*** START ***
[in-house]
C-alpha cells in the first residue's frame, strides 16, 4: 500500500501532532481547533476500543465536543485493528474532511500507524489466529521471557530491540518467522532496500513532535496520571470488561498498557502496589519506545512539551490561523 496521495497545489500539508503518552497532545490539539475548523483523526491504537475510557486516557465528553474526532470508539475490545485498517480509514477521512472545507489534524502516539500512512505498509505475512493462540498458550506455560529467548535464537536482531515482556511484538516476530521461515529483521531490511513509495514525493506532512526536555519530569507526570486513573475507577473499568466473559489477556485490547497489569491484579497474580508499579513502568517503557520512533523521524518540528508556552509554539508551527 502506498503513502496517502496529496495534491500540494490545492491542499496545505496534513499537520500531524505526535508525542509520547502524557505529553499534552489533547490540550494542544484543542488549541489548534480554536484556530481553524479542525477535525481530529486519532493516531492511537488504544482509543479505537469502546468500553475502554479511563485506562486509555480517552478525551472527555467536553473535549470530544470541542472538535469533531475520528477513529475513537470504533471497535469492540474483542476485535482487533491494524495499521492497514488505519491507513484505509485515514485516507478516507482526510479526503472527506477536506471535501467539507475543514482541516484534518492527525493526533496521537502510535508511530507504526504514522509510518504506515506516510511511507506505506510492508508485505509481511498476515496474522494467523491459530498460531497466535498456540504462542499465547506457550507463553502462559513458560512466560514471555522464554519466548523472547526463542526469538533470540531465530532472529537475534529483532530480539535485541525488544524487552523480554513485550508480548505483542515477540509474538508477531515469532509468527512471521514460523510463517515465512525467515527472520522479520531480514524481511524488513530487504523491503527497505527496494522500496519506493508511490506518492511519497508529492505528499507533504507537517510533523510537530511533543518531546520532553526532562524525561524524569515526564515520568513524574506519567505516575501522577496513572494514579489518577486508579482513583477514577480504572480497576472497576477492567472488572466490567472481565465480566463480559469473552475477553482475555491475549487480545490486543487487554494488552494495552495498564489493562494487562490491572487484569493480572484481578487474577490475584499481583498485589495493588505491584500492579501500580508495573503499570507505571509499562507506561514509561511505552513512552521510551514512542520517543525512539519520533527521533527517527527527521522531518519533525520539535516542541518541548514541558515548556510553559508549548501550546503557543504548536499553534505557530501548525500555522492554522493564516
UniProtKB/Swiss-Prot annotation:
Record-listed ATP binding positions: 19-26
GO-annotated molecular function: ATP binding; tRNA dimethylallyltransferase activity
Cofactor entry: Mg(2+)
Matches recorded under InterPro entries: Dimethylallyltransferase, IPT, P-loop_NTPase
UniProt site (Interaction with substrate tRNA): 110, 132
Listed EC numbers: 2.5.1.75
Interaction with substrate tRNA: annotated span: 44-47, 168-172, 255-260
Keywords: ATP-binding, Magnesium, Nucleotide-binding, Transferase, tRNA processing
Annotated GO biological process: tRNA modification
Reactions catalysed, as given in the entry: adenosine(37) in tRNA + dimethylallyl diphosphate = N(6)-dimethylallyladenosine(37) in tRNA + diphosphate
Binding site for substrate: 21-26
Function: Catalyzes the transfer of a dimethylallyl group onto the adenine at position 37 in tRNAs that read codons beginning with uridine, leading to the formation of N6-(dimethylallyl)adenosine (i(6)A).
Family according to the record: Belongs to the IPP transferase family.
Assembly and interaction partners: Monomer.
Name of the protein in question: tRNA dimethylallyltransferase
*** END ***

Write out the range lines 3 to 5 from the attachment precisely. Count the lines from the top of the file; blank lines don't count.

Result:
UniProtKB/Swiss-Prot annotation:
Record-listed ATP binding positions: 19-26
GO-annotated molecular function: ATP binding; tRNA dimethylallyltransferase activity